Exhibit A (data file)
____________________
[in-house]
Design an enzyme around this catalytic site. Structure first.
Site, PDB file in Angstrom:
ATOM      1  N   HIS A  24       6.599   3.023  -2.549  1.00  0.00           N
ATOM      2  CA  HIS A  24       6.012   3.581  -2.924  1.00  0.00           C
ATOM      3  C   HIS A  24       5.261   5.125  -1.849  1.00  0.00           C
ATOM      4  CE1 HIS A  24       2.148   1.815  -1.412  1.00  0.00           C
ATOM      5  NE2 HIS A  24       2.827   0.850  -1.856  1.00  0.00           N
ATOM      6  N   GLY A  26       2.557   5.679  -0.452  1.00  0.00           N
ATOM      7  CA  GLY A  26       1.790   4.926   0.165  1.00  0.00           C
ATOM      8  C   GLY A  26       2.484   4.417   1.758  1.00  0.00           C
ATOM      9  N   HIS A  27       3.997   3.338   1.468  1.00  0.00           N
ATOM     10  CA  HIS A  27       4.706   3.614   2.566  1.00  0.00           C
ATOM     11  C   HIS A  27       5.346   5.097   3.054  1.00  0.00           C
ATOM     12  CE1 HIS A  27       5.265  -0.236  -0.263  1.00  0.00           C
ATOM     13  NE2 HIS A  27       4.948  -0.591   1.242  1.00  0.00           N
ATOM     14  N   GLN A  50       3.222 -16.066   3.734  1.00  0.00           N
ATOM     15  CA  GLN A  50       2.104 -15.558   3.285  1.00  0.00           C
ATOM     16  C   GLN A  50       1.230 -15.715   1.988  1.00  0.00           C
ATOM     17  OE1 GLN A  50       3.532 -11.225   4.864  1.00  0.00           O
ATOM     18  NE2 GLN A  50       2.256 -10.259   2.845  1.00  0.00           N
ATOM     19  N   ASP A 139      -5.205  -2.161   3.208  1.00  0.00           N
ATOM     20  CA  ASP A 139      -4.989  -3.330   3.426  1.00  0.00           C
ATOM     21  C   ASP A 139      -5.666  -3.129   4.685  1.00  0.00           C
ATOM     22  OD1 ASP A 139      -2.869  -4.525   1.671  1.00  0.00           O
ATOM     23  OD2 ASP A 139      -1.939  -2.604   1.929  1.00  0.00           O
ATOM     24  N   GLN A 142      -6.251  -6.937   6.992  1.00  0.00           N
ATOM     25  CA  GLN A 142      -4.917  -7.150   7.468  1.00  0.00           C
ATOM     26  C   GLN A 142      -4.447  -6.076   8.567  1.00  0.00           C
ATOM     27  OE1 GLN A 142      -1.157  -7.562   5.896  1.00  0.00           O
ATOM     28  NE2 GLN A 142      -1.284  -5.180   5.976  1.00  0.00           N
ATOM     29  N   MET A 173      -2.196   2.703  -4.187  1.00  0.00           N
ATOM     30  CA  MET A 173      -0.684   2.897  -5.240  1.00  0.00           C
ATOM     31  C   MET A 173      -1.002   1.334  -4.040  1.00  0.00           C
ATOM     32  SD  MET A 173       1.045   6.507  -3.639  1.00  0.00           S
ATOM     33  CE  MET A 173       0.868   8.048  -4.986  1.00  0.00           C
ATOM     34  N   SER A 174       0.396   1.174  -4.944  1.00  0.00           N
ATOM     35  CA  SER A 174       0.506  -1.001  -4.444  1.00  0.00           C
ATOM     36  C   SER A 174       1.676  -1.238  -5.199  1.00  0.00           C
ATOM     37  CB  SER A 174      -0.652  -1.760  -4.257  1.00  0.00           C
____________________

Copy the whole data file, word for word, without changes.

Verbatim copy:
[in-house]
Design an enzyme around this catalytic site. Structure first.
Site, PDB file in Angstrom:
ATOM      1  N   HIS A  24       6.599   3.023  -2.549  1.00  0.00           N
ATOM      2  CA  HIS A  24       6.012   3.581  -2.924  1.00  0.00           C
ATOM      3  C   HIS A  24       5.261   5.125  -1.849  1.00  0.00           C
ATOM      4  CE1 HIS A  24       2.148   1.815  -1.412  1.00  0.00           C
ATOM      5  NE2 HIS A  24       2.827   0.850  -1.856  1.00  0.00           N
ATOM      6  N   GLY A  26       2.557   5.679  -0.452  1.00  0.00           N
ATOM      7  CA  GLY A  26       1.790   4.926   0.165  1.00  0.00           C
ATOM      8  C   GLY A  26       2.484   4.417   1.758  1.00  0.00           C
ATOM      9  N   HIS A  27       3.997   3.338   1.468  1.00  0.00           N
ATOM     10  CA  HIS A  27       4.706   3.614   2.566  1.00  0.00           C
ATOM     11  C   HIS A  27       5.346   5.097   3.054  1.00  0.00           C
ATOM     12  CE1 HIS A  27       5.265  -0.236  -0.263  1.00  0.00           C
ATOM     13  NE2 HIS A  27       4.948  -0.591   1.242  1.00  0.00           N
ATOM     14  N   GLN A  50       3.222 -16.066   3.734  1.00  0.00           N
ATOM     15  CA  GLN A  50       2.104 -15.558   3.285  1.00  0.00           C
ATOM     16  C   GLN A  50       1.230 -15.715   1.988  1.00  0.00           C
ATOM     17  OE1 GLN A  50       3.532 -11.225   4.864  1.00  0.00           O
ATOM     18  NE2 GLN A  50       2.256 -10.259   2.845  1.00  0.00           N
ATOM     19  N   ASP A 139      -5.205  -2.161   3.208  1.00  0.00           N
ATOM     20  CA  ASP A 139      -4.989  -3.330   3.426  1.00  0.00           C
ATOM     21  C   ASP A 139      -5.666  -3.129   4.685  1.00  0.00           C
ATOM     22  OD1 ASP A 139      -2.869  -4.525   1.671  1.00  0.00           O
ATOM     23  OD2 ASP A 139      -1.939  -2.604   1.929  1.00  0.00           O
ATOM     24  N   GLN A 142      -6.251  -6.937   6.992  1.00  0.00           N
ATOM     25  CA  GLN A 142      -4.917  -7.150   7.468  1.00  0.00           C
ATOM     26  C   GLN A 142      -4.447  -6.076   8.567  1.00  0.00           C
ATOM     27  OE1 GLN A 142      -1.157  -7.562   5.896  1.00  0.00           O
ATOM     28  NE2 GLN A 142      -1.284  -5.180   5.976  1.00  0.00           N
ATOM     29  N   MET A 173      -2.196   2.703  -4.187  1.00  0.00           N
ATOM     30  CA  MET A 173      -0.684   2.897  -5.240  1.00  0.00           C
ATOM     31  C   MET A 173      -1.002   1.334  -4.040  1.00  0.00           C
ATOM     32  SD  MET A 173       1.045   6.507  -3.639  1.00  0.00           S
ATOM     33  CE  MET A 173       0.868   8.048  -4.986  1.00  0.00           C
ATOM     34  N   SER A 174       0.396   1.174  -4.944  1.00  0.00           N
ATOM     35  CA  SER A 174       0.506  -1.001  -4.444  1.00  0.00           C
ATOM     36  C   SER A 174       1.676  -1.238  -5.199  1.00  0.00           C
ATOM     37  CB  SER A 174      -0.652  -1.760  -4.257  1.00  0.00           C